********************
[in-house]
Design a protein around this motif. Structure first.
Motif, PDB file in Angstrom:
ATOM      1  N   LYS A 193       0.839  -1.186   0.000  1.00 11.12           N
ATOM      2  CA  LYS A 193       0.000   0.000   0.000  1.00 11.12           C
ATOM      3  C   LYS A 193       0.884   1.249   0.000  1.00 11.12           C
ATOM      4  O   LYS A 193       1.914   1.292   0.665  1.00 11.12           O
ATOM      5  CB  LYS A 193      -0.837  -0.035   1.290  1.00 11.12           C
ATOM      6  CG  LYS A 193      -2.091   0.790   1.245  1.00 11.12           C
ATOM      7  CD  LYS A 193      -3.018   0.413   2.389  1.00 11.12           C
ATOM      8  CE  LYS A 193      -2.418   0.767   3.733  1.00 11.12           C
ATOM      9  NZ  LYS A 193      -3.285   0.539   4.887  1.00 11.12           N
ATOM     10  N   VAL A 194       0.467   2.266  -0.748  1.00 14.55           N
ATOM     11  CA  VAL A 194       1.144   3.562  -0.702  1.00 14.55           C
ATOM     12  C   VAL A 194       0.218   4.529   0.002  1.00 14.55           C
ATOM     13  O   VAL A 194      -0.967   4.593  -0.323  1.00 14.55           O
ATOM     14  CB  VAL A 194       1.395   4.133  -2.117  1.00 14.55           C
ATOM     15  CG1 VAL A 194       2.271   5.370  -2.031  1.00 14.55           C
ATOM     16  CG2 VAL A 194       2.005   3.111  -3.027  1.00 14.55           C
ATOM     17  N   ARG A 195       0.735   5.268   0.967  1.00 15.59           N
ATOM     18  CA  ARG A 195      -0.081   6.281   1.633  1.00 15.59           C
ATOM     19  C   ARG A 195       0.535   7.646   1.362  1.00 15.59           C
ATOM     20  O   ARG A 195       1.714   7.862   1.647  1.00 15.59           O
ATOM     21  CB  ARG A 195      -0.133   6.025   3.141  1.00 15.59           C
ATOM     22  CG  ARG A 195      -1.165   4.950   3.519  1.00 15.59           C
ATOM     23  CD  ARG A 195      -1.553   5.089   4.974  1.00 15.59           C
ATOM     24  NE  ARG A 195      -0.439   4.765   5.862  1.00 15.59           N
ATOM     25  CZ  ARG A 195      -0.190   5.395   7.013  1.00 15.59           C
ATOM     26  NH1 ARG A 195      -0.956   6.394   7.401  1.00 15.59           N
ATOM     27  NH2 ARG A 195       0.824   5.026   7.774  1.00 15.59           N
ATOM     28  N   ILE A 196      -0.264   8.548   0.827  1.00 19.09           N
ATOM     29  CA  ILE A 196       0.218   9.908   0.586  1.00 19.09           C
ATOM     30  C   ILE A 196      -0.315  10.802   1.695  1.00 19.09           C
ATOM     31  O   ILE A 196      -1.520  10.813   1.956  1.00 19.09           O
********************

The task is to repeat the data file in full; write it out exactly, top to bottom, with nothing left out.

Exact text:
[in-house]
Design a protein around this motif. Structure first.
Motif, PDB file in Angstrom:
ATOM      1  N   LYS A 193       0.839  -1.186   0.000  1.00 11.12           N
ATOM      2  CA  LYS A 193       0.000   0.000   0.000  1.00 11.12           C
ATOM      3  C   LYS A 193       0.884   1.249   0.000  1.00 11.12           C
ATOM      4  O   LYS A 193       1.914   1.292   0.665  1.00 11.12           O
ATOM      5  CB  LYS A 193      -0.837  -0.035   1.290  1.00 11.12           C
ATOM      6  CG  LYS A 193      -2.091   0.790   1.245  1.00 11.12           C
ATOM      7  CD  LYS A 193      -3.018   0.413   2.389  1.00 11.12           C
ATOM      8  CE  LYS A 193      -2.418   0.767   3.733  1.00 11.12           C
ATOM      9  NZ  LYS A 193      -3.285   0.539   4.887  1.00 11.12           N
ATOM     10  N   VAL A 194       0.467   2.266  -0.748  1.00 14.55           N
ATOM     11  CA  VAL A 194       1.144   3.562  -0.702  1.00 14.55           C
ATOM     12  C   VAL A 194       0.218   4.529   0.002  1.00 14.55           C
ATOM     13  O   VAL A 194      -0.967   4.593  -0.323  1.00 14.55           O
ATOM     14  CB  VAL A 194       1.395   4.133  -2.117  1.00 14.55           C
ATOM     15  CG1 VAL A 194       2.271   5.370  -2.031  1.00 14.55           C
ATOM     16  CG2 VAL A 194       2.005   3.111  -3.027  1.00 14.55           C
ATOM     17  N   ARG A 195       0.735   5.268   0.967  1.00 15.59           N
ATOM     18  CA  ARG A 195      -0.081   6.281   1.633  1.00 15.59           C
ATOM     19  C   ARG A 195       0.535   7.646   1.362  1.00 15.59           C
ATOM     20  O   ARG A 195       1.714   7.862   1.647  1.00 15.59           O
ATOM     21  CB  ARG A 195      -0.133   6.025   3.141  1.00 15.59           C
ATOM     22  CG  ARG A 195      -1.165   4.950   3.519  1.00 15.59           C
ATOM     23  CD  ARG A 195      -1.553   5.089   4.974  1.00 15.59           C
ATOM     24  NE  ARG A 195      -0.439   4.765   5.862  1.00 15.59           N
ATOM     25  CZ  ARG A 195      -0.190   5.395   7.013  1.00 15.59           C
ATOM     26  NH1 ARG A 195      -0.956   6.394   7.401  1.00 15.59           N
ATOM     27  NH2 ARG A 195       0.824   5.026   7.774  1.00 15.59           N
ATOM     28  N   ILE A 196      -0.264   8.548   0.827  1.00 19.09           N
ATOM     29  CA  ILE A 196       0.218   9.908   0.586  1.00 19.09           C
ATOM     30  C   ILE A 196      -0.315  10.802   1.695  1.00 19.09           C
ATOM     31  O   ILE A 196      -1.520  10.813   1.956  1.00 19.09           O